Coleochaete and the origin of sporophytes
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CitationHaig, D. 2015. “Coleochaete and the Origin of Sporophytes.” American Journal of Botany 102 (3) (March 1): 417–422. doi:10.3732/ajb.1400526. http://dx.doi.org/10.3732/ajb.1400526.
AbstractPremise of the study: Zygotes of Coleochaete are provisioned by the maternal thallus before undergoing 3–5 rounds of division to produce 8–32 zoospores. An understanding of the selective forces favoring postzygotic divisions would be relevant not only to the interpretation of Coleochaete life history but also to the origin of a multicellular diploid phase in embryophytes.
Methods: Simple optimization models are developed of the number of zygotes per maternal thallus and number of zoospores per zygote.
Key results: Zygotic mitosis is favored once zygotic size exceeds a threshold, but natural selection usually promotes investment in additional zygotes before zygotes reach this threshold. Factors that favor production of fewer, larger zygotes include multiple paternity, low fecundity, and accessory costs of zygote production. Such factors can result in zygotes exceeding the size at which zygotic mitosis becomes profitable.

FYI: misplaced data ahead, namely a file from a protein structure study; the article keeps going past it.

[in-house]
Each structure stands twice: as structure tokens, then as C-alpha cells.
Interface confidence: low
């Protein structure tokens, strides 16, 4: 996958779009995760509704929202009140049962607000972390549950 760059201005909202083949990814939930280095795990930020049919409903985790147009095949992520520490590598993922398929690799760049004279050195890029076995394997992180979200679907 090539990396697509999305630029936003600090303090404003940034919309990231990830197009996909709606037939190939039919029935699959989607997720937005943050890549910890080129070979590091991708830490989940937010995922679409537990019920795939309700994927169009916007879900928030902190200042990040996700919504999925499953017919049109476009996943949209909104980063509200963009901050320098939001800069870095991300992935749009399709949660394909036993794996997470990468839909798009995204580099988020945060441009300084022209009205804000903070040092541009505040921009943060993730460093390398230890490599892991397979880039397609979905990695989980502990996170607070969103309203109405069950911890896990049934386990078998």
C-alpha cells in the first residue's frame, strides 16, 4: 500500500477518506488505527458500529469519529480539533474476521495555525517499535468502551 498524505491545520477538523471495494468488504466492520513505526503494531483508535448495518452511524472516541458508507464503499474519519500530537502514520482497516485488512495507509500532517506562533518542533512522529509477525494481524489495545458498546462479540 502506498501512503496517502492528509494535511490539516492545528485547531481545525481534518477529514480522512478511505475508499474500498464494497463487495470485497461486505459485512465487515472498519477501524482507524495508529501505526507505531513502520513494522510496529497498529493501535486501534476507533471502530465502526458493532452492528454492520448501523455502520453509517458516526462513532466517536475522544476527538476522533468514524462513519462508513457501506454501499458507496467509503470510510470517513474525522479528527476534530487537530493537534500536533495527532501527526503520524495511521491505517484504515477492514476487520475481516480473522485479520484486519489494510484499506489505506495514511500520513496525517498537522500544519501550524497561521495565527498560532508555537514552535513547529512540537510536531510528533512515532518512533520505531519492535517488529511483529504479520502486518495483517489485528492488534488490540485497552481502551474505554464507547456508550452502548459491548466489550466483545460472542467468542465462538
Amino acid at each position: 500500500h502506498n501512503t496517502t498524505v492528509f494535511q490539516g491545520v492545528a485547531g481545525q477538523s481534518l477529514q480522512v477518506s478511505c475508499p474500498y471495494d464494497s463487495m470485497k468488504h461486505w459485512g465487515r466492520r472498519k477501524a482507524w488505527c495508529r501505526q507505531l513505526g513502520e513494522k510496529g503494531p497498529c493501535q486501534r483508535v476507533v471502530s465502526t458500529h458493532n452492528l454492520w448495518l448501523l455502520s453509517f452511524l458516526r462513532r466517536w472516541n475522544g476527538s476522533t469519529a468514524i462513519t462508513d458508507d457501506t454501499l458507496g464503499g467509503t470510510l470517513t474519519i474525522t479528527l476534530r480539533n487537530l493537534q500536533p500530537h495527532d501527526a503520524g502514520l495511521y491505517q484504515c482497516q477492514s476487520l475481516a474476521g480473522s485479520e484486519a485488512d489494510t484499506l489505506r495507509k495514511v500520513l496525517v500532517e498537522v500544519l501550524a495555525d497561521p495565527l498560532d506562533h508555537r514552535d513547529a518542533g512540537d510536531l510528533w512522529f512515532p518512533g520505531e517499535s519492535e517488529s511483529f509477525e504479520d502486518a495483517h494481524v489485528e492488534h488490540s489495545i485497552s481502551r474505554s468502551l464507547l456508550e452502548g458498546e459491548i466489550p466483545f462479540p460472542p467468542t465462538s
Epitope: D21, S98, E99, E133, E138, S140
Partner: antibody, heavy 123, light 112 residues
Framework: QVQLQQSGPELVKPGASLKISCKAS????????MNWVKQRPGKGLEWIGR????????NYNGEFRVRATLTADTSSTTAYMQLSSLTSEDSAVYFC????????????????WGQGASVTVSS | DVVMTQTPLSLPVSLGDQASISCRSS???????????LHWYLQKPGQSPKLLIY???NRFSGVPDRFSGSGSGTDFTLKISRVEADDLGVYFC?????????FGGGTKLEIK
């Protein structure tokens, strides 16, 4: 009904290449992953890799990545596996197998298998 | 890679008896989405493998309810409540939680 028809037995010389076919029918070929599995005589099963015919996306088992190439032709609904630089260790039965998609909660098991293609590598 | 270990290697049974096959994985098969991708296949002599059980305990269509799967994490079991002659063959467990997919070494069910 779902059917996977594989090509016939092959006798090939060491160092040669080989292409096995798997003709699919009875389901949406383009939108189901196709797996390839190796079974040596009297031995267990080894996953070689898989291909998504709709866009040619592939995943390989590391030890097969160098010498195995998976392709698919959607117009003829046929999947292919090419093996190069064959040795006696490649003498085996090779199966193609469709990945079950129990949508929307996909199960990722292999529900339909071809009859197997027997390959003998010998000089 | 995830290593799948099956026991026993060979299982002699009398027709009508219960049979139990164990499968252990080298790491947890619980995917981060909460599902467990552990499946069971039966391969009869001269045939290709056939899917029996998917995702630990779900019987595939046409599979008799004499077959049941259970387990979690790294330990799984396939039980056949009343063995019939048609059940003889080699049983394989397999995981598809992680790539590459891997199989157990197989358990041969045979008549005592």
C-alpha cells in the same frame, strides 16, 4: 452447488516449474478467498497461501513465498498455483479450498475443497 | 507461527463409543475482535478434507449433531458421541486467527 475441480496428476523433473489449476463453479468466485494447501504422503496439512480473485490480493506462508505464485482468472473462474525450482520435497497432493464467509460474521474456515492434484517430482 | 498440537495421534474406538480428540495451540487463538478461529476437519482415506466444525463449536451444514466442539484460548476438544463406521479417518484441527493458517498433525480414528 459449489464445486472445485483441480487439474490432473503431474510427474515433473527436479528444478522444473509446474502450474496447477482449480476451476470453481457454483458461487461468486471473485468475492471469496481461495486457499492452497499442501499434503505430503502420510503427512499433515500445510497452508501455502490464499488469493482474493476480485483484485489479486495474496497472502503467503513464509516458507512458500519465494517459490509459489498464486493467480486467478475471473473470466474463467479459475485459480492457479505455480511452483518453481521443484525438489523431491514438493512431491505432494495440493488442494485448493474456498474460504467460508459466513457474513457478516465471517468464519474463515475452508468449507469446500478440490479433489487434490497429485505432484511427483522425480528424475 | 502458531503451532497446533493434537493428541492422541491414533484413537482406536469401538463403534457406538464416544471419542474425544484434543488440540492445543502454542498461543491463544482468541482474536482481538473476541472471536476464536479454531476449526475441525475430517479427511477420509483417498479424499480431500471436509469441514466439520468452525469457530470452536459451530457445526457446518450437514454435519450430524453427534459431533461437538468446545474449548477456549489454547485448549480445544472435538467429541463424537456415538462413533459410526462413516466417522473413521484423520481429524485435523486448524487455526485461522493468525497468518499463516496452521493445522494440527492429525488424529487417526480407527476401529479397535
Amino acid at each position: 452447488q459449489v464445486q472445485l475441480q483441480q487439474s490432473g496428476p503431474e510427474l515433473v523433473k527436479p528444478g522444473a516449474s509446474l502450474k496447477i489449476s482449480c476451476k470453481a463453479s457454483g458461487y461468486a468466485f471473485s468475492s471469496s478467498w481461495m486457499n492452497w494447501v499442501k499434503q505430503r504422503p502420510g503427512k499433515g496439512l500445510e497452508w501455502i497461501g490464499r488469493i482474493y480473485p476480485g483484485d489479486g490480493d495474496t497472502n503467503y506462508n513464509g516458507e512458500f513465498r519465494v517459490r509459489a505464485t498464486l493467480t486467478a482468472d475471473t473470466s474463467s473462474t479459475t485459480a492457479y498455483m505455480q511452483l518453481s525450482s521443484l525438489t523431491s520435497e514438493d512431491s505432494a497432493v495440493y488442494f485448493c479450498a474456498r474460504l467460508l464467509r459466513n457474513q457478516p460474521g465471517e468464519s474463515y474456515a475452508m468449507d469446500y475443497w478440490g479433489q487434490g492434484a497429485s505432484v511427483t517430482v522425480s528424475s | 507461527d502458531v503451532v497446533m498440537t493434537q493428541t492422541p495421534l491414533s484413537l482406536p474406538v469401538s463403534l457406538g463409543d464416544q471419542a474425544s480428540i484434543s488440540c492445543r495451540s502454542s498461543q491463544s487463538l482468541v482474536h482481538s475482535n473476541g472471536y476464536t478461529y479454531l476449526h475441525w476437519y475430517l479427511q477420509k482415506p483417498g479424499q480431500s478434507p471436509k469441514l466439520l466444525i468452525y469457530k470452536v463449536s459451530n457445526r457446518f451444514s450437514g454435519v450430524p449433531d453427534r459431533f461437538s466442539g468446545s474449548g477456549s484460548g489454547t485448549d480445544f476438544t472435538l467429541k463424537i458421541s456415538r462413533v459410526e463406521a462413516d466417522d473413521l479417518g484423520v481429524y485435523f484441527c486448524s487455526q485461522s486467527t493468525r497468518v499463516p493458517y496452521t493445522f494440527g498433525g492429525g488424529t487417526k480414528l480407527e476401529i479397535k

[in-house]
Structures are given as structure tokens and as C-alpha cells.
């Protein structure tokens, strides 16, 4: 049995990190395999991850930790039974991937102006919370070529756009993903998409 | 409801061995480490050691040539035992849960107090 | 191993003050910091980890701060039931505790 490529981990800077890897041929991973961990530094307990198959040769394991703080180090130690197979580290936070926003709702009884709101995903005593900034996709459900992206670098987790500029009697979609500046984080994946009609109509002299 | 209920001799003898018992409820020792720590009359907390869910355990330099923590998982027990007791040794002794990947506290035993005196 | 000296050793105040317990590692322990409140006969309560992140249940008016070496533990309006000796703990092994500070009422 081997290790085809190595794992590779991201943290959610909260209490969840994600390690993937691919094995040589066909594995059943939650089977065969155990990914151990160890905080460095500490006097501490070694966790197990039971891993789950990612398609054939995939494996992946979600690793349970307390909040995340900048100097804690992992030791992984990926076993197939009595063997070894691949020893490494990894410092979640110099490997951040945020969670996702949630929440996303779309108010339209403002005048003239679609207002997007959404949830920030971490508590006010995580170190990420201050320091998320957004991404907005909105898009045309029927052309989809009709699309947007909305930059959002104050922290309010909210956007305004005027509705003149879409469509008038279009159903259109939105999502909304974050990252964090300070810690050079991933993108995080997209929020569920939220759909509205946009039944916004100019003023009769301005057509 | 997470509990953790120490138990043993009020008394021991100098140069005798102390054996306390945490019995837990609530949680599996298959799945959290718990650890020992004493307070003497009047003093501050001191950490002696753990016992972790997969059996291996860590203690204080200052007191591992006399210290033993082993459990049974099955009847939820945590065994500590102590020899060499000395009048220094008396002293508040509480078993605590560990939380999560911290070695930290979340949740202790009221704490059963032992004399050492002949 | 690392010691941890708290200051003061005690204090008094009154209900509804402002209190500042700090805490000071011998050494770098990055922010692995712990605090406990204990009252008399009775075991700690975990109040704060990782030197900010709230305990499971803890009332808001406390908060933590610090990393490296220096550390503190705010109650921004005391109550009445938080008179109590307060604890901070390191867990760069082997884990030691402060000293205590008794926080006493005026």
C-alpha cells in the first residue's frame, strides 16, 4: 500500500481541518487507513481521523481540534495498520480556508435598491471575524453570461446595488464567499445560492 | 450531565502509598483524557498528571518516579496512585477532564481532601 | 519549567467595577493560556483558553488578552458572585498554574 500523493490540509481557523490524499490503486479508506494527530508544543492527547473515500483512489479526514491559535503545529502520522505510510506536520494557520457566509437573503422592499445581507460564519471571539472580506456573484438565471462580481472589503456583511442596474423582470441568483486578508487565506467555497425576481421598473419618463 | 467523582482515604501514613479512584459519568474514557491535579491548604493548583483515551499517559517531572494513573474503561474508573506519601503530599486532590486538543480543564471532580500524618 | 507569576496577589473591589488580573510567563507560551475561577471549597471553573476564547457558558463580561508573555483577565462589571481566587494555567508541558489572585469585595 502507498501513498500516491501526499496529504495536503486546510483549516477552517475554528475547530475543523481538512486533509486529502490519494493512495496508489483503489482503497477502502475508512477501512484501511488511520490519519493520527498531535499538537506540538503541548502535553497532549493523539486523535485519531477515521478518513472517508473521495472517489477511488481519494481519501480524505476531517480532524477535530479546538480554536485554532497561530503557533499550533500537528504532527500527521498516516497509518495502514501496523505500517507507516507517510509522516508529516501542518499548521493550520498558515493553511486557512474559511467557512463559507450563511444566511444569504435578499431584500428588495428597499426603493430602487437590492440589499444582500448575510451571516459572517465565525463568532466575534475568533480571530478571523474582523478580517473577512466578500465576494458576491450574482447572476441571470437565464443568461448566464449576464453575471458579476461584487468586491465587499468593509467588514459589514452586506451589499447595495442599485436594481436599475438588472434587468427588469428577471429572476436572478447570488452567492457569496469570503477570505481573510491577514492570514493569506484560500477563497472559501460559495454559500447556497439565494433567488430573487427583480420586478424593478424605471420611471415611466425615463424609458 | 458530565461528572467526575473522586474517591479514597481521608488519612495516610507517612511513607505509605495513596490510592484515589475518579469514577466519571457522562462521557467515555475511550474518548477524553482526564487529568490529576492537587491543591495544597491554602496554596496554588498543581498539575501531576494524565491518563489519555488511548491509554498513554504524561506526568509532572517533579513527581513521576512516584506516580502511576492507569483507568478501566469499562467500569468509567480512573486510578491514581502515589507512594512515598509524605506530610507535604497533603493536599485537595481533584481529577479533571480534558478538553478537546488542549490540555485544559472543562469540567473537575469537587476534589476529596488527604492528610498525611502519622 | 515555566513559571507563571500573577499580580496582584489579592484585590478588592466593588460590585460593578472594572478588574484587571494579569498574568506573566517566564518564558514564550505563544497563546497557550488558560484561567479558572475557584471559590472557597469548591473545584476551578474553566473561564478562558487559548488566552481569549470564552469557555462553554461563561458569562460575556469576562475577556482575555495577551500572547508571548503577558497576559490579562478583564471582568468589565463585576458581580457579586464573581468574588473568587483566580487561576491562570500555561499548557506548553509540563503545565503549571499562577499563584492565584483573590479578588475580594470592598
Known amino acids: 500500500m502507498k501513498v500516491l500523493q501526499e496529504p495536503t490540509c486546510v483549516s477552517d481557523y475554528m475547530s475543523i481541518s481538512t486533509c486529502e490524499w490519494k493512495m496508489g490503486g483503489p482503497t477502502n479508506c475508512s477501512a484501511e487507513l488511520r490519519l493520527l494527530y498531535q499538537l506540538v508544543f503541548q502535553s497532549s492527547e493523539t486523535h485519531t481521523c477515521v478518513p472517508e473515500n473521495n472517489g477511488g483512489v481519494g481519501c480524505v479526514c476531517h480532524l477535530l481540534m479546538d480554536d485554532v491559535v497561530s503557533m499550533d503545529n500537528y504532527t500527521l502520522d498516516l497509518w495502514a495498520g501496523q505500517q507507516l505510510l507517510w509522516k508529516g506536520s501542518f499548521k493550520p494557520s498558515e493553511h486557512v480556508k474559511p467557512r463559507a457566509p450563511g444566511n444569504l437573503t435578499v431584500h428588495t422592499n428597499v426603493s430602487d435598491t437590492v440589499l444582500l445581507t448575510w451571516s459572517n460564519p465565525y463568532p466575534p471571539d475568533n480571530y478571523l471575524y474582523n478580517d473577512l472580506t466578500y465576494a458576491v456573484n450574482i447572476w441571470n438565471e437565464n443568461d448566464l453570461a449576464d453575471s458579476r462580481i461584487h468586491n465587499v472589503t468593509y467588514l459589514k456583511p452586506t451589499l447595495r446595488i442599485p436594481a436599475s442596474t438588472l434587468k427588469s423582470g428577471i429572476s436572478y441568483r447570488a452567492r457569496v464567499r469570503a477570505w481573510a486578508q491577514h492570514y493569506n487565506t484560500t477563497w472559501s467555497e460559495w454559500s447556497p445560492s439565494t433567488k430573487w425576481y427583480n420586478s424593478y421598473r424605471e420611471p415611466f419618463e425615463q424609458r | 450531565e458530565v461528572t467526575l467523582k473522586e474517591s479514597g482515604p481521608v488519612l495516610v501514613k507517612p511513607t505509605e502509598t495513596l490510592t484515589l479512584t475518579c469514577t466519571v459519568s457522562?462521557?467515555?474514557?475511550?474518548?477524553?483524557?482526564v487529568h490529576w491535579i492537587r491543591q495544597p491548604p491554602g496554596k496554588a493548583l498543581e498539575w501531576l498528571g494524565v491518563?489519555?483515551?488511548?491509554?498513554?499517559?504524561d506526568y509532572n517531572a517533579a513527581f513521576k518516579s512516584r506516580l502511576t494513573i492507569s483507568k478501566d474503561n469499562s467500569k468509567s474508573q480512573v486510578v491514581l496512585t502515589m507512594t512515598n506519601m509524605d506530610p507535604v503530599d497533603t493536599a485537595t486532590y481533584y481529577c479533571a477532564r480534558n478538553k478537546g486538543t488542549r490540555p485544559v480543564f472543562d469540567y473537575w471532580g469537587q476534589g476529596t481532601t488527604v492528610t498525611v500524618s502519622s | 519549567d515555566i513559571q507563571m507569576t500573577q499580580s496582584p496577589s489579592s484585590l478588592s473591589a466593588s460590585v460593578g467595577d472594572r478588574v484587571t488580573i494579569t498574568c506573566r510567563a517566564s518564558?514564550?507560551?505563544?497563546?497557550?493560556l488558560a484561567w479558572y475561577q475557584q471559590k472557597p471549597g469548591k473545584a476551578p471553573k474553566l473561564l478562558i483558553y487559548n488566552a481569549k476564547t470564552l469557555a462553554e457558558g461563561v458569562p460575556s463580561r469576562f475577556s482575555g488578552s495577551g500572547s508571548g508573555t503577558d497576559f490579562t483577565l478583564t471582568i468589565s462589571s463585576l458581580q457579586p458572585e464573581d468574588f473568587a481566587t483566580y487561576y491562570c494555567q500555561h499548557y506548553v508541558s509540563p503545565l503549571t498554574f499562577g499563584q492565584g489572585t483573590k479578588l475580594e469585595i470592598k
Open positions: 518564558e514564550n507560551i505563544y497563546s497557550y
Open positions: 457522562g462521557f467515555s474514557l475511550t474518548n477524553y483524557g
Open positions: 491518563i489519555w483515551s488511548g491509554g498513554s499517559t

Conclusions: Coleochaete may possess large zygotes that undergo multiple fission because of accessory costs associated with matrotrophy, including costs of cortical cells and unfertilized oogonia. The unpredictability of fertilization on land is proposed to have increased accessory costs from unfertilized ova and, as a consequence, to have favored the production of larger zygotes that underwent postzygotic division to produce diploid sporophytes.
Citable link to this pagehttp://nrs.harvard.edu/urn-3:HUL.InstRepos:23017252
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